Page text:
Today’s question is a bit of an odd one.
I am a volunteer in the NSW rural fire service, captain of a brigade. Many firefighters and landowners, often one in the same in the bush, have said to me that they believe that the Army /Military should have been called in a lot earlier than they were. I agree with them.
The NSW government has announced an Independent Bushfire Inquiry – see https://www.nsw.gov.au/improving-nsw/projects-and-initiatives/nsw-independent-bushfire-inquiry/
When you look at the terms of reference to the NSW enquiry (https://www.nsw.gov.au/improving-nsw/projects-and-initiatives/make-a-submission-to-the-bushfire-inquiry/nsw-independent-bushfire-inquiry-terms-of-reference/), items 3,8 and especially 9, many say to me “Here is a chance to change things and get the army in sooner” I agree with them.
The concern among fire fighters and especially me is that If I/we make a submission to the inquiry the RFS will kick our butts for badmouthing the RFS. Can the RFS kick our butts if we make a submission?
If by ‘kick our butts’ it means ‘take disciplinary action’ the answer has to be ‘no’. The RFS can only ‘kick butts’ if there is a breach of the code of conduct. The inquiry says (emphasis added) ‘The Inquiry welcomes submissions from bushfire-affected residents, emergency and support personnel, organisations and the general public.’
There is nothing in the code of conduct that would stop a person making a good faith submission, reporting on what they observed and their opinions. But there are limits. For example the code says:
The NSW RFS is strongly committed to providing and maintaining a respectful and inclusive workplace, where all members are treated with dignity, courtesy and respect at all times…
If you make a submission saying that a senior officer made decisions in bad faith, out of malice or make a personal gain you are a) probably wrong and b) at risk of getting your ‘butt kicked’. Most times that people try to assign motivation (he did it because he had a private interest, or he did not like me or some such) it is based on false reasoning. The implied reasoning is:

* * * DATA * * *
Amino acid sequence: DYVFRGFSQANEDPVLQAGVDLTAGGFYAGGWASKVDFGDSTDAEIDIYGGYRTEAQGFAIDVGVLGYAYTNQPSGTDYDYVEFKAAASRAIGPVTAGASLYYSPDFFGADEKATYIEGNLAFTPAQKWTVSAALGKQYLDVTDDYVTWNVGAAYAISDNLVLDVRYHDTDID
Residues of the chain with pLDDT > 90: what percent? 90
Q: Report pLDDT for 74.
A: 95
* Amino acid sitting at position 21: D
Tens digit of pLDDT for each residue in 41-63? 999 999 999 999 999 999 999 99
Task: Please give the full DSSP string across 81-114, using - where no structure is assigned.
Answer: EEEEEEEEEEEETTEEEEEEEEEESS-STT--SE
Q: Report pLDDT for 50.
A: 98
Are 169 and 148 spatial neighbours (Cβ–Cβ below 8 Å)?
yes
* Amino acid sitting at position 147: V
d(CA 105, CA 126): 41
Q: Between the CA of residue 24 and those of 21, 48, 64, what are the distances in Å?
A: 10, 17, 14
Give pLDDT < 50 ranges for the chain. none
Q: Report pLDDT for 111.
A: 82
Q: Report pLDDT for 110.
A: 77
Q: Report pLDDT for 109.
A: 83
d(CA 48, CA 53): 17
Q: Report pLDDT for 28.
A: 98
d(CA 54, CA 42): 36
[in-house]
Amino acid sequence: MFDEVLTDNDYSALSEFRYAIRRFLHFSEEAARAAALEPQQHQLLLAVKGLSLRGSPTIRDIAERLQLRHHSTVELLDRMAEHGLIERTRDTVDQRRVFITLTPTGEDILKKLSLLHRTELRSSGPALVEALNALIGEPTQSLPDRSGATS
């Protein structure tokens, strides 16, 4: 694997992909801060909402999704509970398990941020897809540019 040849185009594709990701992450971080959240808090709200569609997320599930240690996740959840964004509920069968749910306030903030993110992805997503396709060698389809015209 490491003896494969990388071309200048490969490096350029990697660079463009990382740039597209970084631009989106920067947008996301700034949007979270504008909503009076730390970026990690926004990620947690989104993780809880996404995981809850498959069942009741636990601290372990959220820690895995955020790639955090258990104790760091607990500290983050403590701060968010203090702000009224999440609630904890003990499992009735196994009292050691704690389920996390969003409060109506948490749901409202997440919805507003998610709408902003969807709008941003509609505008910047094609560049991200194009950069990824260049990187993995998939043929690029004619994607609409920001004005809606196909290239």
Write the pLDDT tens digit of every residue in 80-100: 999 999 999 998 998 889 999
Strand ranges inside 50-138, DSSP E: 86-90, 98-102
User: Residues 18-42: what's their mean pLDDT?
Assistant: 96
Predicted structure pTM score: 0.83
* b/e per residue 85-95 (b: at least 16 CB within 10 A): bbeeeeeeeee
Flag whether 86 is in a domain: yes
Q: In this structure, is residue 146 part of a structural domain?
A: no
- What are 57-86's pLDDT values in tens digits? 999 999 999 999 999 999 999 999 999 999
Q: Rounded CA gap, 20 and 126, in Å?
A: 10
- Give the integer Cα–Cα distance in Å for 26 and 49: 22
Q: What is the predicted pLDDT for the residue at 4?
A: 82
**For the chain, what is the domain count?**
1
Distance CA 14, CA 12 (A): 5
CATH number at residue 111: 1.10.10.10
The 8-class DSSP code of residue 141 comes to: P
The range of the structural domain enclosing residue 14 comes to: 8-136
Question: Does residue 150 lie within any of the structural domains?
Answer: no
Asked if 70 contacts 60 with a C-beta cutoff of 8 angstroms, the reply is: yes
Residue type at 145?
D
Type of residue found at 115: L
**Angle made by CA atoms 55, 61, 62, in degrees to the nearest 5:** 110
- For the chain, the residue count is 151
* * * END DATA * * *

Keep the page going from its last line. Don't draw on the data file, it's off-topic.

- I know the truth
- This is what I know
- If another person does not (or did not) share my view he or she must have had an improper motive because there can be no other explanation given what I know is true.
But of course the other person has a different perspective, different information, different obligations, a different world view. So limit submissions to what you personally observed or can establish and don’t malign others.
Remember too that the NSW RFS cannot ‘call in the army’. The NSW Government can ask the Commonwealth for that assistance. There are Constitutional issues in the use of the ADF. You can make submissions on what ‘should be’ but don’t confuse what ‘should be’ done next time with what was possible at the time. The point of an inquiry is to make recommendations to make necessary changes to allow what ‘should be’ in the future.
So write the submission carefully, formally without making personal criticism. If you do that, the RFS cannot stop members making a submission to a NSW Government inquiry that is specifically calling for those submissions nor ‘kick butts’ for a submission that the member are made in accordance with the 3.3 Ethical Decision Making principles. It can be quite ethical, and in the best interests of the RFS to make a submission that says ‘this is what happened – we think it would have been better if this had happened instead’ but not ‘this is what happened and it happened because this person is an idiot, or corrupt, or wouldn’t listen to my sensible suggestion’.